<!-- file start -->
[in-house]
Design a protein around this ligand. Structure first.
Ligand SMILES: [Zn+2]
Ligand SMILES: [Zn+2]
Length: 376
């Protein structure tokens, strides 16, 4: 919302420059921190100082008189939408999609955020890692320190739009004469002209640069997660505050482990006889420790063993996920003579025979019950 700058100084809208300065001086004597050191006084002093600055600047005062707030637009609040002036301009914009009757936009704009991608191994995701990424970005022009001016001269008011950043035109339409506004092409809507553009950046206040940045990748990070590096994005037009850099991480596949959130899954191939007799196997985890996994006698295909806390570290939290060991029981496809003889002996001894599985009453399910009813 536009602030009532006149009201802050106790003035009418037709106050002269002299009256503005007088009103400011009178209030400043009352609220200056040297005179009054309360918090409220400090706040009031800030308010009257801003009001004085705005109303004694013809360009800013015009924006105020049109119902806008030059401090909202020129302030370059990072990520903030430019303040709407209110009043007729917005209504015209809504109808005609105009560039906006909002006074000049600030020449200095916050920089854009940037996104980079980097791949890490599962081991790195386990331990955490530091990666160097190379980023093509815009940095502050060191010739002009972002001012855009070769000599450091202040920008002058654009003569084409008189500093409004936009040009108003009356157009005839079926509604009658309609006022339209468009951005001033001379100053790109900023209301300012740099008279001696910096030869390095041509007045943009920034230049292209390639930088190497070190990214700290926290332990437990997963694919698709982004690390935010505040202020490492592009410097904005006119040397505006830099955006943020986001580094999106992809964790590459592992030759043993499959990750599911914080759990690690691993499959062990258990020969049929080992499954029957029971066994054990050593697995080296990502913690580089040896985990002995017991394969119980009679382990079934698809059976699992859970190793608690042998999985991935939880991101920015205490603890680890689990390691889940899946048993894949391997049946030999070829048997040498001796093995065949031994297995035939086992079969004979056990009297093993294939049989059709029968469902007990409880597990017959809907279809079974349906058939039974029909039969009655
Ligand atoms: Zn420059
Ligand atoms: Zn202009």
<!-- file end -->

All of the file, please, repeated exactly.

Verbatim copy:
[in-house]
Design a protein around this ligand. Structure first.
Ligand SMILES: [Zn+2]
Ligand SMILES: [Zn+2]
Length: 376
């Protein structure tokens, strides 16, 4: 919302420059921190100082008189939408999609955020890692320190739009004469002209640069997660505050482990006889420790063993996920003579025979019950 700058100084809208300065001086004597050191006084002093600055600047005062707030637009609040002036301009914009009757936009704009991608191994995701990424970005022009001016001269008011950043035109339409506004092409809507553009950046206040940045990748990070590096994005037009850099991480596949959130899954191939007799196997985890996994006698295909806390570290939290060991029981496809003889002996001894599985009453399910009813 536009602030009532006149009201802050106790003035009418037709106050002269002299009256503005007088009103400011009178209030400043009352609220200056040297005179009054309360918090409220400090706040009031800030308010009257801003009001004085705005109303004694013809360009800013015009924006105020049109119902806008030059401090909202020129302030370059990072990520903030430019303040709407209110009043007729917005209504015209809504109808005609105009560039906006909002006074000049600030020449200095916050920089854009940037996104980079980097791949890490599962081991790195386990331990955490530091990666160097190379980023093509815009940095502050060191010739002009972002001012855009070769000599450091202040920008002058654009003569084409008189500093409004936009040009108003009356157009005839079926509604009658309609006022339209468009951005001033001379100053790109900023209301300012740099008279001696910096030869390095041509007045943009920034230049292209390639930088190497070190990214700290926290332990437990997963694919698709982004690390935010505040202020490492592009410097904005006119040397505006830099955006943020986001580094999106992809964790590459592992030759043993499959990750599911914080759990690690691993499959062990258990020969049929080992499954029957029971066994054990050593697995080296990502913690580089040896985990002995017991394969119980009679382990079934698809059976699992859970190793608690042998999985991935939880991101920015205490603890680890689990390691889940899946048993894949391997049946030999070829048997040498001796093995065949031994297995035939086992079969004979056990009297093993294939049989059709029968469902007990409880597990017959809907279809079974349906058939039974029909039969009655
Ligand atoms: Zn420059
Ligand atoms: Zn202009």